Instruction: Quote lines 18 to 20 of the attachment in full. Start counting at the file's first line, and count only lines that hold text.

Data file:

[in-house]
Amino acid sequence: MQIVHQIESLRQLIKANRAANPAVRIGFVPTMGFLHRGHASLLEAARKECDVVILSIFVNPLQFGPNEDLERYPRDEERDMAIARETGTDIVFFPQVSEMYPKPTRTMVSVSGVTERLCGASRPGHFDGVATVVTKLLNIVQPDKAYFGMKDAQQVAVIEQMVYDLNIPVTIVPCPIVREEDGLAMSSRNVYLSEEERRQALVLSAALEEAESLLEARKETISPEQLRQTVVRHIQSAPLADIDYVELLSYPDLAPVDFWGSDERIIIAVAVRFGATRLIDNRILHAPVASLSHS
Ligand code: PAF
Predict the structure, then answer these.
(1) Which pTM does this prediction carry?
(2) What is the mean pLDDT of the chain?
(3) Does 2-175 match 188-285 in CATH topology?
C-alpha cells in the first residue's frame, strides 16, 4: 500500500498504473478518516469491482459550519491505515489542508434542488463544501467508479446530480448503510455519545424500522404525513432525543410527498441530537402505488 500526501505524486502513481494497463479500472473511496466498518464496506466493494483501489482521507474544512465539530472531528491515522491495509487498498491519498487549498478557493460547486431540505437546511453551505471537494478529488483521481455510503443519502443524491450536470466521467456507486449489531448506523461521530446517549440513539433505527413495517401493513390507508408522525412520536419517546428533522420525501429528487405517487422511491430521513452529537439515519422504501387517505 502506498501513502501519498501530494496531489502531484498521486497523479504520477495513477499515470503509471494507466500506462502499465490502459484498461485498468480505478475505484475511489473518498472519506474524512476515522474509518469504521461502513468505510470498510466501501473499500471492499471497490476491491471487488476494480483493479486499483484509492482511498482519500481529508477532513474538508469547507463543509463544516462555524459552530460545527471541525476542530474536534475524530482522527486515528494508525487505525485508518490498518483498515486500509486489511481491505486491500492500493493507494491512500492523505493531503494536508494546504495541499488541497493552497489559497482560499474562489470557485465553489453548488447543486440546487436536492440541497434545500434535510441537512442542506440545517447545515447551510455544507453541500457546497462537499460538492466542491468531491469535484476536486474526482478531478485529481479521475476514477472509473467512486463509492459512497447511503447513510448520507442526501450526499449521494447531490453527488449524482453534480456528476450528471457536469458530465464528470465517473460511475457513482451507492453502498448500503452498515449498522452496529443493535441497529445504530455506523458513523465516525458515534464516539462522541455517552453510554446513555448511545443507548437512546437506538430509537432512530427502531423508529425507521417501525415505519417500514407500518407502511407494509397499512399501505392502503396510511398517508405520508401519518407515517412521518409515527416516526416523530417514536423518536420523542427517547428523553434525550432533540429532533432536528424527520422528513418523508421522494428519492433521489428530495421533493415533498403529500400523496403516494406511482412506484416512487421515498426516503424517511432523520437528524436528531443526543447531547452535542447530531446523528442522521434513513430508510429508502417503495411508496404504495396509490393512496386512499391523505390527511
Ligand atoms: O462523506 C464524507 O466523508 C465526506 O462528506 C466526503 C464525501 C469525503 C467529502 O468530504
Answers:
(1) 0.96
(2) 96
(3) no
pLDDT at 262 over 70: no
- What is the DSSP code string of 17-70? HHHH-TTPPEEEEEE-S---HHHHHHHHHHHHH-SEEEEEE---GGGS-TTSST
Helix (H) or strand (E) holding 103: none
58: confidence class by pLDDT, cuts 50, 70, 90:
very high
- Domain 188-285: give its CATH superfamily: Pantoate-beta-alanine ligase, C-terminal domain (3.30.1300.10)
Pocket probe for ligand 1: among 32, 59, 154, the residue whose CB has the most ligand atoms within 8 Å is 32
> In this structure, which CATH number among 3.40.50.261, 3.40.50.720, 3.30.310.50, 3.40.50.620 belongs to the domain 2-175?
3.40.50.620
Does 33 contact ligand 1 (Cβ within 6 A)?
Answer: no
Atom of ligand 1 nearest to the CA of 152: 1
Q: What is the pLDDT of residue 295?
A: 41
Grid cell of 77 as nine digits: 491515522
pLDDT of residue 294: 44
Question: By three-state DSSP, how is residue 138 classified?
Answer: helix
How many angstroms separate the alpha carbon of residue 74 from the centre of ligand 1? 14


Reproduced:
very high
- Domain 188-285: give its CATH superfamily: Pantoate-beta-alanine ligase, C-terminal domain (3.30.1300.10)
Pocket probe for ligand 1: among 32, 59, 154, the residue whose CB has the most ligand atoms within 8 Å is 32